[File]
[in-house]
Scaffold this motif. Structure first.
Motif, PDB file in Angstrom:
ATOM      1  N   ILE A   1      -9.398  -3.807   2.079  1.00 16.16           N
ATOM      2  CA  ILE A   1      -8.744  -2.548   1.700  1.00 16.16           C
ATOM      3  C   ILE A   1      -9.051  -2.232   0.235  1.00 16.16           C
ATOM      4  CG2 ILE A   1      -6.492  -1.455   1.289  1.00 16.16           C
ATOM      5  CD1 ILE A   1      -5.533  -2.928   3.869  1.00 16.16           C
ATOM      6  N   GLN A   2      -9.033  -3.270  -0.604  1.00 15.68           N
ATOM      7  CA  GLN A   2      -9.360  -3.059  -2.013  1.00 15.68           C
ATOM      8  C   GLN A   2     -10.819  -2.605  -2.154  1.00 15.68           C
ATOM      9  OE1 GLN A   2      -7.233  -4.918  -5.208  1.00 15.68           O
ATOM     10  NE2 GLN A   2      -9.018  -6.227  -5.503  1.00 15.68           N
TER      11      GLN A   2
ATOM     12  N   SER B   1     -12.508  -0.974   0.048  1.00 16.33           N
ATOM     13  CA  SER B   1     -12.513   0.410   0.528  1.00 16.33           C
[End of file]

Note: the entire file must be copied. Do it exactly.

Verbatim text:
[in-house]
Scaffold this motif. Structure first.
Motif, PDB file in Angstrom:
ATOM      1  N   ILE A   1      -9.398  -3.807   2.079  1.00 16.16           N
ATOM      2  CA  ILE A   1      -8.744  -2.548   1.700  1.00 16.16           C
ATOM      3  C   ILE A   1      -9.051  -2.232   0.235  1.00 16.16           C
ATOM      4  CG2 ILE A   1      -6.492  -1.455   1.289  1.00 16.16           C
ATOM      5  CD1 ILE A   1      -5.533  -2.928   3.869  1.00 16.16           C
ATOM      6  N   GLN A   2      -9.033  -3.270  -0.604  1.00 15.68           N
ATOM      7  CA  GLN A   2      -9.360  -3.059  -2.013  1.00 15.68           C
ATOM      8  C   GLN A   2     -10.819  -2.605  -2.154  1.00 15.68           C
ATOM      9  OE1 GLN A   2      -7.233  -4.918  -5.208  1.00 15.68           O
ATOM     10  NE2 GLN A   2      -9.018  -6.227  -5.503  1.00 15.68           N
TER      11      GLN A   2
ATOM     12  N   SER B   1     -12.508  -0.974   0.048  1.00 16.33           N
ATOM     13  CA  SER B   1     -12.513   0.410   0.528  1.00 16.33           C